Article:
Friday, April 1, 2011

R - One Man's Wilderness

One Man's Wilderness: An Alaskan Odyssey, By Sam Keith from the journals and photographs of Richard Proenneke

In 1968 Dick Proenneke was flown into the Twin Lakes in Alaska and started to build a cabin. Dick was 51 years old and had a lifetime of working with his hands behind him. He possessed the type of skills that were essential to making his dream of living in the Alaska wilderness possible.

This book, taken from Dick's journals and re-worked by Sam Keith, chronicles the construction of the cabin and the first two years that Dick spent there. I ended up reading it because my wife has a strong attraction to Alaska and told me it was a "must read". Roughly the first two-thirds of the book are devoted to the process of building the cabin and the challenges he faced during that period. The last part is mostly concerned with some of his explorations around the area and the wildlife he encountered.

I have to admit that I found the first part of the book far more interesting than the latter part. That probably reflects how I tend to get very involved in books that are focused on the engineering aspects of life, the "how do we do this?" kind of thing. There are some rather interesting thoughts that occurred to me while reading those pages. First, I thought about how I would have done some of it a bit differently. There are a lot of ways to build a log cabin and there is certainly nothing wrong with how Dick did it, but it provides me with a great deal of enjoyment to visualize alternate approaches that might have taken less labor, yielded better (in my mind) results, and possibly made less use of non-natural materials. Case in point is that Dick assembled many parts using nails where I would have used wooden pegs. He also used tar paper and plastic sheeting on the roof under a thick layer of moss. His method worked very well, but I would have probably split shakes instead.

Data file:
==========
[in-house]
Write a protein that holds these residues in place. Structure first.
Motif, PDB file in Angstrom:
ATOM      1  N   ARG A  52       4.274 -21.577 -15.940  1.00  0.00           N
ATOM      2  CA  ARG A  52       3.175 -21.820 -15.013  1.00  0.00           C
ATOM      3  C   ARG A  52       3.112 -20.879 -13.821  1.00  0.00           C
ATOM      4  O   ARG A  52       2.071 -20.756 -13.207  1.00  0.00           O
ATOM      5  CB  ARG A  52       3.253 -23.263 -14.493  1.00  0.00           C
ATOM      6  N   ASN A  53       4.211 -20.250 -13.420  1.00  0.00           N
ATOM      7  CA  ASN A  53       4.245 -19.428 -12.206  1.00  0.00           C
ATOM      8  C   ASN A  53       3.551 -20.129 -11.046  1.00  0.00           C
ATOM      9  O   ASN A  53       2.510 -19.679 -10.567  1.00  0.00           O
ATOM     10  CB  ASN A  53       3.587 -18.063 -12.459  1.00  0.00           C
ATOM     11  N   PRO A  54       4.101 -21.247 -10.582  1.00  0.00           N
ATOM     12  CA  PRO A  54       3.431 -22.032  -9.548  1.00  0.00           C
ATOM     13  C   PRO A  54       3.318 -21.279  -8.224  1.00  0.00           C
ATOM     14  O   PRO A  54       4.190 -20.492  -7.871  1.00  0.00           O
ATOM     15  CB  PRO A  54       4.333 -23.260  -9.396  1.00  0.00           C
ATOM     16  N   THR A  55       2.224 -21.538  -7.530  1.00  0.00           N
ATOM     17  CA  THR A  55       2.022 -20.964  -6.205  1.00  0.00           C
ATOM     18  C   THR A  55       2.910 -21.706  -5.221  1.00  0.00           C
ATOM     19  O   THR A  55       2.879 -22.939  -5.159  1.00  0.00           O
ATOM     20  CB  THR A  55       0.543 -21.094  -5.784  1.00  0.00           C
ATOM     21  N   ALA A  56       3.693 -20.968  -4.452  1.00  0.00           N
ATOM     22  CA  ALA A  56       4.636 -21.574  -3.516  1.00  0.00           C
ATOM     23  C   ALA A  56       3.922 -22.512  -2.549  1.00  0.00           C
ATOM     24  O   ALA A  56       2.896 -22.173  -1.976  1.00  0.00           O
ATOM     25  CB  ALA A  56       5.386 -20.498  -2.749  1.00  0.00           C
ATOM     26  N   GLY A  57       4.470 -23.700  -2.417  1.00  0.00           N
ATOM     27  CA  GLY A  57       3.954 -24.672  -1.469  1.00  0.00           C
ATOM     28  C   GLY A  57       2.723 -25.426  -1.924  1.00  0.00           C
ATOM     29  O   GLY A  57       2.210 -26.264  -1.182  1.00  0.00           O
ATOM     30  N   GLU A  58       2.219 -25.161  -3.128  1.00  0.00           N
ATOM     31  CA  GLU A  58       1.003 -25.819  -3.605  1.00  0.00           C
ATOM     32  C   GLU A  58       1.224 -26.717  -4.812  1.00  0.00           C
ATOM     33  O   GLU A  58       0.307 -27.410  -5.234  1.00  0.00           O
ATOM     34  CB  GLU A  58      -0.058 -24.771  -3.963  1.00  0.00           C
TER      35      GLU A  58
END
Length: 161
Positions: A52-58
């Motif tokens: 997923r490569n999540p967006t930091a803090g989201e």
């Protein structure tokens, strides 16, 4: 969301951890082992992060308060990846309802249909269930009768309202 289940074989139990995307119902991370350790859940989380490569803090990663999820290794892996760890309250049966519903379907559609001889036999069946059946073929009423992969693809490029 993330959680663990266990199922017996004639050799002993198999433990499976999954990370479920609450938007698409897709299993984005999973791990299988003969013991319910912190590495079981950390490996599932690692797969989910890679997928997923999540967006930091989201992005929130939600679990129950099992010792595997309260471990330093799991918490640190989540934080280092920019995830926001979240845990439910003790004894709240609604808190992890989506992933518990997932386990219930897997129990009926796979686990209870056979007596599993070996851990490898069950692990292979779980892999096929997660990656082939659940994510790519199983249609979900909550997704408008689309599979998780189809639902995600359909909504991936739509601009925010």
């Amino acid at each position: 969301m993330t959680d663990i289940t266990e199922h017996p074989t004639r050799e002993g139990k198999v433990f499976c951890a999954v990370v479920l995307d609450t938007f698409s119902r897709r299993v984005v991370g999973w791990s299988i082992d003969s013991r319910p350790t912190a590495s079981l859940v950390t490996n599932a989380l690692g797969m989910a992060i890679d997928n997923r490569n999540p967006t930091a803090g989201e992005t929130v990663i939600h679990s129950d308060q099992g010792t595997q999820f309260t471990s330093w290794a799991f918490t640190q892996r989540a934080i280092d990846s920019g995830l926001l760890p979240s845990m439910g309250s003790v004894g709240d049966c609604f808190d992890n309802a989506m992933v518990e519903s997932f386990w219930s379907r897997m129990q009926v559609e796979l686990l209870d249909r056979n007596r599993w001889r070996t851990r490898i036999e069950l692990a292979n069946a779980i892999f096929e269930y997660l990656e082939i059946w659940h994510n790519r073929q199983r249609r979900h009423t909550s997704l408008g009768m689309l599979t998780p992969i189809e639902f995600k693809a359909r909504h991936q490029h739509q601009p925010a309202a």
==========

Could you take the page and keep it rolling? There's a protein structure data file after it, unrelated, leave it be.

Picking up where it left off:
The other thought that kept coming to my mind was that he was in phenomenal physical condition (and obviously remained that way since he lived in the cabin all or part of each of the next 30 years). I kept thinking that there was no way on earth I could do what he did. I might have the skills, but I no longer have the strength or stamina, and that was a bit of a melancholy thought.

If you have an interest in the Alaskan wilderness and in log cabins and isolation then I think you would find this a very good read. There are also a couple of follow-up books and the journals are available on-line in PDF format. I'll post the links as I find them.

The book on

More Readings From One Man's Wilderness - A huge PDF file of Dick's journals from 1974-1980

Alone in the Wilderness - a web site by Bob Swerer about Dick Proenneke